Pre-existing conditions must also be relevant to the work injury. For example, a previously diagnosed bulging lumbar disc is unrelated to a head injury you suffered when an object struck you in the head at work.
How Might a Pre-Existing Condition Affect My Workers’ Compensation Claim?
The effect of a pre-existing condition on workers’ compensation claims will vary. At worst, the work comp insurer will use it to deny your claim, asserting the injury was not work-related. At best, it may lower the amount of compensation you receive under the program.
A case for compensation can be made if there is evidence you re-injured or aggravated a pre-existing condition as the direct result of your work. It can be quite complicated to distinguish how much of an injury is related to current employment and how much is related to the pre-existing condition. Your employer, and their insurer, is only responsible for the aggravation or re-injury.
For example, let’s say your doctor previously diagnosed a bulging disc in your lumbar spine. The condition causes you pain from time to time, but not enough to undergo a microdiscectomy. Instead, your orthopedic specialist administers periodic steroid injections to relieve pain. However, one day at work, you lift a heavy box and experience searing low-back pain that becomes constant. You get diagnosed with a herniated disc which presses on the surrounding nerves. Surgery is the only way to stop the pain.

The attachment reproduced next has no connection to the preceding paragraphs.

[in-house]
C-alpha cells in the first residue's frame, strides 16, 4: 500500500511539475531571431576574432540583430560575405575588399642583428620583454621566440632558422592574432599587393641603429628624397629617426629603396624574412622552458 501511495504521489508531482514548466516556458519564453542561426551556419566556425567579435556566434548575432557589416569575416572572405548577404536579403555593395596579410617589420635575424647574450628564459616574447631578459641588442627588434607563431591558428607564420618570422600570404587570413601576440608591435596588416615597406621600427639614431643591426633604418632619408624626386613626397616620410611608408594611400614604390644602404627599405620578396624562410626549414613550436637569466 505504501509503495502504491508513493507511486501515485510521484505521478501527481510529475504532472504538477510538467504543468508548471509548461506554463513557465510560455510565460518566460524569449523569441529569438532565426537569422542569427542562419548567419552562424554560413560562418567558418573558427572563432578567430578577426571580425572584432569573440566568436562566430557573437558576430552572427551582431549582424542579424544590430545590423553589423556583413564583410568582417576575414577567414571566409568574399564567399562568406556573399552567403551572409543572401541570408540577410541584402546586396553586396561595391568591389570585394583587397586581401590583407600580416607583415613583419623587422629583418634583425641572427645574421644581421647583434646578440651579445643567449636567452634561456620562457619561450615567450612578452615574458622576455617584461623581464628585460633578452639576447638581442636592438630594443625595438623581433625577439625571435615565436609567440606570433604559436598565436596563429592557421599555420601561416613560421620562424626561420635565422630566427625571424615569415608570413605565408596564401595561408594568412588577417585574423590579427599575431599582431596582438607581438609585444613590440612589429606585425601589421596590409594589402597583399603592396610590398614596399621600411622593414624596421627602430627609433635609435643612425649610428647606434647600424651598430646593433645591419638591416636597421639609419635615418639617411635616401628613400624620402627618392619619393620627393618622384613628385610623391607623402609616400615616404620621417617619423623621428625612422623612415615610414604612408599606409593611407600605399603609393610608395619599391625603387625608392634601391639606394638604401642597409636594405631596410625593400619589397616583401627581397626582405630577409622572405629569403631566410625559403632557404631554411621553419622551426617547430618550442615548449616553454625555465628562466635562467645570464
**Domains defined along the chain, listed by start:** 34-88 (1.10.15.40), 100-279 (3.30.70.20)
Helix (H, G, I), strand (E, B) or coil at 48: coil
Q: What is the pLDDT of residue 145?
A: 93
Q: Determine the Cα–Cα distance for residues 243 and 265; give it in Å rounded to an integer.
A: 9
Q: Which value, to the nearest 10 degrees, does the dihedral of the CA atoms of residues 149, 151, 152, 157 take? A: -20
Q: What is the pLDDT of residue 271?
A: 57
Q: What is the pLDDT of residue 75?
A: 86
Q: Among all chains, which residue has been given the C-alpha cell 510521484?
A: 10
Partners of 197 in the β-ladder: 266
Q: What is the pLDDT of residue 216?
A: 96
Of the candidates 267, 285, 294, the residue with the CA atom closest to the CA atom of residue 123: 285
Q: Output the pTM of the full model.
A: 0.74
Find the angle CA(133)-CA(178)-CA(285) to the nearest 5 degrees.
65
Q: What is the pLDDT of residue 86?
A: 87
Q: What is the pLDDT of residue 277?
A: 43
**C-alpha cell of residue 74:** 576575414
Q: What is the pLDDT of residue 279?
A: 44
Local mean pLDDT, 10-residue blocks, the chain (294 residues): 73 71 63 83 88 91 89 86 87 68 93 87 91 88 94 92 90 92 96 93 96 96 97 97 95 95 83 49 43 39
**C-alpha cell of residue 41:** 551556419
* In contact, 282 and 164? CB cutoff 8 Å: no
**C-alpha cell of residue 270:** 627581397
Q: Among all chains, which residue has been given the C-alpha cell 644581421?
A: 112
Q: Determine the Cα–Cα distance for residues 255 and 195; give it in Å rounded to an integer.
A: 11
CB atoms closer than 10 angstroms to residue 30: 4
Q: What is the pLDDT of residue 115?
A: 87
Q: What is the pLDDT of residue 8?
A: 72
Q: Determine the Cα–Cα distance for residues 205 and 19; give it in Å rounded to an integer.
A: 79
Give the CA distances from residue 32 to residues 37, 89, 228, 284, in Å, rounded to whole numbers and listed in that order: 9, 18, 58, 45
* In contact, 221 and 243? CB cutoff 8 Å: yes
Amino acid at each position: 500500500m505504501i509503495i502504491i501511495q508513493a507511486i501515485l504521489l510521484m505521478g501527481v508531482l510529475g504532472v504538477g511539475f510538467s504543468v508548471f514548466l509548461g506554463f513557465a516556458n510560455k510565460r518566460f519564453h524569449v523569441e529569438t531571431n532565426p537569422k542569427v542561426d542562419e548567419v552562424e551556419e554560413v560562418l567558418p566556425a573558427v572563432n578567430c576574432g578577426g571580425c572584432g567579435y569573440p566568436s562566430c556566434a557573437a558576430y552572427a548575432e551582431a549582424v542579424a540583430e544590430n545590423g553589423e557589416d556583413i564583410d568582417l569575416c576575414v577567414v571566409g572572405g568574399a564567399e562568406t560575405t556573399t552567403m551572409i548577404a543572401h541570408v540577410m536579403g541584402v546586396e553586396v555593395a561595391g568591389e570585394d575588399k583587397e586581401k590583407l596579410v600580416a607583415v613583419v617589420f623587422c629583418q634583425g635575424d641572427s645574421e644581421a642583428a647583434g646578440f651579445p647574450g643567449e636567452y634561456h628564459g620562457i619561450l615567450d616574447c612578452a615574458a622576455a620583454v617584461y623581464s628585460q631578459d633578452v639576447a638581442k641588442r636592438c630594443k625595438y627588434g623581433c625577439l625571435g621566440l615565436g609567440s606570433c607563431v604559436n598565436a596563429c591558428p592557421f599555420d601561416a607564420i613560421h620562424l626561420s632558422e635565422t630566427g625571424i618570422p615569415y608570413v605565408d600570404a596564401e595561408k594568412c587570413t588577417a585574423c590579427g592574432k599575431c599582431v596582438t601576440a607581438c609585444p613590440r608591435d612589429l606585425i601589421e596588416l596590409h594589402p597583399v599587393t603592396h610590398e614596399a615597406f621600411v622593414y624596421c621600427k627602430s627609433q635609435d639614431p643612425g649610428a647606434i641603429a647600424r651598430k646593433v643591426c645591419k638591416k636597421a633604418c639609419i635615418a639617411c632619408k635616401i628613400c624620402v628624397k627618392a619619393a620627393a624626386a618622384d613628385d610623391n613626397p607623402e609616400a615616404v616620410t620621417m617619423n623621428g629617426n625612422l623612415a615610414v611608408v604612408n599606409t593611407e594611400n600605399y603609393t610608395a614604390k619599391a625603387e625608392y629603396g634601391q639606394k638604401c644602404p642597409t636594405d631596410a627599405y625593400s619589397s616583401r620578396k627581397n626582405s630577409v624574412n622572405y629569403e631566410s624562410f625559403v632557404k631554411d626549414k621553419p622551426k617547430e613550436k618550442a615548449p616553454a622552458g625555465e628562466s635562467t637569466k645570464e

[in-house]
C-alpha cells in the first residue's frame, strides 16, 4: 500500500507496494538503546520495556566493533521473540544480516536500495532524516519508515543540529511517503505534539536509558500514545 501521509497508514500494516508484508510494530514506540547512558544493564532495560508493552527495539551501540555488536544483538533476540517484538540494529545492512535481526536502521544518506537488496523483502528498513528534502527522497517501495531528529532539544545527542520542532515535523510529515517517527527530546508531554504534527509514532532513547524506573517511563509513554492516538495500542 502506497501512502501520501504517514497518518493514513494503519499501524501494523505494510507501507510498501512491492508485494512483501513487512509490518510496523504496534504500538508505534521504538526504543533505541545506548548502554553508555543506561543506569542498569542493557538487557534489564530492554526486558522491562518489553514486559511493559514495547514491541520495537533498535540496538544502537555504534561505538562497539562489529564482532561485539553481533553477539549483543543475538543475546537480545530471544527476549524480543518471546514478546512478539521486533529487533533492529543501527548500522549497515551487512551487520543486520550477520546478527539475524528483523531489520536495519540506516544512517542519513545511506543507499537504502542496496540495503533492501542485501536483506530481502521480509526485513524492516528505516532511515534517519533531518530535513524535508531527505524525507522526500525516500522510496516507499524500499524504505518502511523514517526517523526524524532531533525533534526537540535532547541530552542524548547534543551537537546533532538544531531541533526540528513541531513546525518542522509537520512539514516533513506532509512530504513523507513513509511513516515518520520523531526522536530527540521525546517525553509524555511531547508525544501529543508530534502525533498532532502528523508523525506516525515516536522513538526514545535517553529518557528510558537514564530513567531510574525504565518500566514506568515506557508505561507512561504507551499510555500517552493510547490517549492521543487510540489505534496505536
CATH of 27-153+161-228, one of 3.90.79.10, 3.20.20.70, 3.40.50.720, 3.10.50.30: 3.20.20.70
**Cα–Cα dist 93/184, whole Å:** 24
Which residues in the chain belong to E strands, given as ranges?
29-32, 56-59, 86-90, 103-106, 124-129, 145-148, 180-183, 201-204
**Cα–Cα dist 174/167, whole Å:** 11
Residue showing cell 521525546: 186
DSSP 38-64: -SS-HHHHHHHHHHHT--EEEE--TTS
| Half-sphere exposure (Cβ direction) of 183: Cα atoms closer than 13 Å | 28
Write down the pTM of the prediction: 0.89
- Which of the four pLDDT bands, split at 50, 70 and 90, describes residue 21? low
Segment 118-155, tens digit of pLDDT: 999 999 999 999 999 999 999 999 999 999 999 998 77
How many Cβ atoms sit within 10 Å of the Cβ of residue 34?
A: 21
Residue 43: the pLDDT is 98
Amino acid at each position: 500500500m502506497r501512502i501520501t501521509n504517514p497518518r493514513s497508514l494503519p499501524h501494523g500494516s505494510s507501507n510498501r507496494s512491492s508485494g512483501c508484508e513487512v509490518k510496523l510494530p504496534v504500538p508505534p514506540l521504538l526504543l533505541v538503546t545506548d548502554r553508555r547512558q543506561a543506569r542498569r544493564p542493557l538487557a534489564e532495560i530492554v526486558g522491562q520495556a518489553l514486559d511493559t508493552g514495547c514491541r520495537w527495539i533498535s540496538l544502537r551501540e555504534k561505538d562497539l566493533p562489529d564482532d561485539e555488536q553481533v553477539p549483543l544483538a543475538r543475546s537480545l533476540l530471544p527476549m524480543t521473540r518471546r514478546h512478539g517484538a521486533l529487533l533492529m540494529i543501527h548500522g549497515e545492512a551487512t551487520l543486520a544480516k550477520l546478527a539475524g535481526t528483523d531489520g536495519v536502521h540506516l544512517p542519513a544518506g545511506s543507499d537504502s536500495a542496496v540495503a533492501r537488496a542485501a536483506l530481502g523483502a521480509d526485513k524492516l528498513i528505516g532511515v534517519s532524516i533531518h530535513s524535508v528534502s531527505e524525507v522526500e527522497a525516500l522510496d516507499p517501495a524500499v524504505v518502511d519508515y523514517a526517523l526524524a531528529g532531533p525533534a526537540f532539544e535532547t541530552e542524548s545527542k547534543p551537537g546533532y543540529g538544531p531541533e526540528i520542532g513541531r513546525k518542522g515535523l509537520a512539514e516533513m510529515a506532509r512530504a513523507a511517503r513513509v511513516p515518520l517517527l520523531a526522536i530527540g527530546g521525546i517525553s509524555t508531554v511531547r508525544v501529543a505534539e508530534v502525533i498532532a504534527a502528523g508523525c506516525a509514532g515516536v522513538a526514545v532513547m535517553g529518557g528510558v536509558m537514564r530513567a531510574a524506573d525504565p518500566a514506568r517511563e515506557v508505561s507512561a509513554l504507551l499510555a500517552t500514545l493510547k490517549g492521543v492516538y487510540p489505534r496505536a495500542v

In this example, your injury would qualify for workers’ compensation because you would not have needed surgical intervention had it not been for lifting the box at work.
Can I Appeal a Denial of My Workers’ Comp Claim?
Colorado’s program includes a process for appealing a workers’ comp decision, including denials and compensation at lower rates based on the premise of a pre-existing injury.
The process can be complex, especially because it will involve the opinions of medical professionals. The process may also take a long time, during which you receive no compensation. If you are unable to work for any period, denial for compensation can cause significant financial hardship.
Will Hiring an Attorney Help?
Workers’ comp claims are often challenging even under the best of circumstances. Workers’ comp insurance companies will do whatever they can to not pay claims. Employers also don’t want their insurance rates to go up. But don’t let these obstacles stop you from securing the financial support you deserve.
If you have a pre-existing condition when injured on the job, you should retain the services of an experienced workers’ compensation attorney. Your attorney will have access to medical experts and will know how to use expert opinions to increase the compensation you receive. Your attorney fully understands the workers’ compensation claims process and will use that knowledge to pursue the best results possible for you.
Don’t Hesitate to Ask for Help
Technically, Colorado’s workers’ compensation program is designed for injured employees to navigate on their own. In some cases involving extremely minor injuries that heal rapidly, representing oneself may be fine. However, moderate injuries and those involving pre-existing conditions move to a much higher level. Don’t be afraid to ask Mark A. Simon, Attorney at Law, for help.
If you have been injured on the job in Denver, Colorado, or the surrounding area, call us now to schedule a free case consultation. We welcome the challenge.